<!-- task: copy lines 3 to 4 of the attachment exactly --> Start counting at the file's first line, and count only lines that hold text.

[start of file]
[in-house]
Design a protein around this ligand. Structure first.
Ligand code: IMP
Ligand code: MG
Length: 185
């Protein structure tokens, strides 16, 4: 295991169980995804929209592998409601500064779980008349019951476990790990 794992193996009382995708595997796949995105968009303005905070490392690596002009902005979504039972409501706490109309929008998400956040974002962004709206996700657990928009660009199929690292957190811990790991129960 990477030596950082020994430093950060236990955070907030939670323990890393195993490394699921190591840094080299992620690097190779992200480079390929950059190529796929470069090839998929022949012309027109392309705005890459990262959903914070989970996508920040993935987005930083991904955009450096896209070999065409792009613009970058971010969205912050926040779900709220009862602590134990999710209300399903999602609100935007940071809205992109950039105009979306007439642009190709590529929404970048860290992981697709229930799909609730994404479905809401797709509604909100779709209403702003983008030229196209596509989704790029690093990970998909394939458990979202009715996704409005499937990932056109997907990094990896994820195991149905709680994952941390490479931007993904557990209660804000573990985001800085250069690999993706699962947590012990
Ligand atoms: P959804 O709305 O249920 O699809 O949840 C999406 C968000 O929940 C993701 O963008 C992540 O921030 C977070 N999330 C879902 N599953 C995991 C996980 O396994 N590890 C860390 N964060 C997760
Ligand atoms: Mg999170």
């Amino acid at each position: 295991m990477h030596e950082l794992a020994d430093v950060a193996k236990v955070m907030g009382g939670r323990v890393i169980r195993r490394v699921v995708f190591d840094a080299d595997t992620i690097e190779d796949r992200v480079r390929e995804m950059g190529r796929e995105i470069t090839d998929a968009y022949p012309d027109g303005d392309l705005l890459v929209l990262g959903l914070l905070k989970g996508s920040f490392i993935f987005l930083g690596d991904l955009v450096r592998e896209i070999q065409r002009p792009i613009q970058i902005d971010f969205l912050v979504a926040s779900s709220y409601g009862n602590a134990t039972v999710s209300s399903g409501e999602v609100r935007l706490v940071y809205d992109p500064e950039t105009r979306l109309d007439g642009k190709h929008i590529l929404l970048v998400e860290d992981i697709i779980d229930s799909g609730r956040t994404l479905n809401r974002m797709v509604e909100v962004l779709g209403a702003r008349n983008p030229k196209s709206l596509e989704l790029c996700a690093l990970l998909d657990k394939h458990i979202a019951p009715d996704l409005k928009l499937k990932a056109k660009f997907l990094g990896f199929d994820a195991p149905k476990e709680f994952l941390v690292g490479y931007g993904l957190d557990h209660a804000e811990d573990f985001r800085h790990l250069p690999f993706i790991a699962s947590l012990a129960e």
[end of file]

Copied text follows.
Ligand code: IMP
Ligand code: MG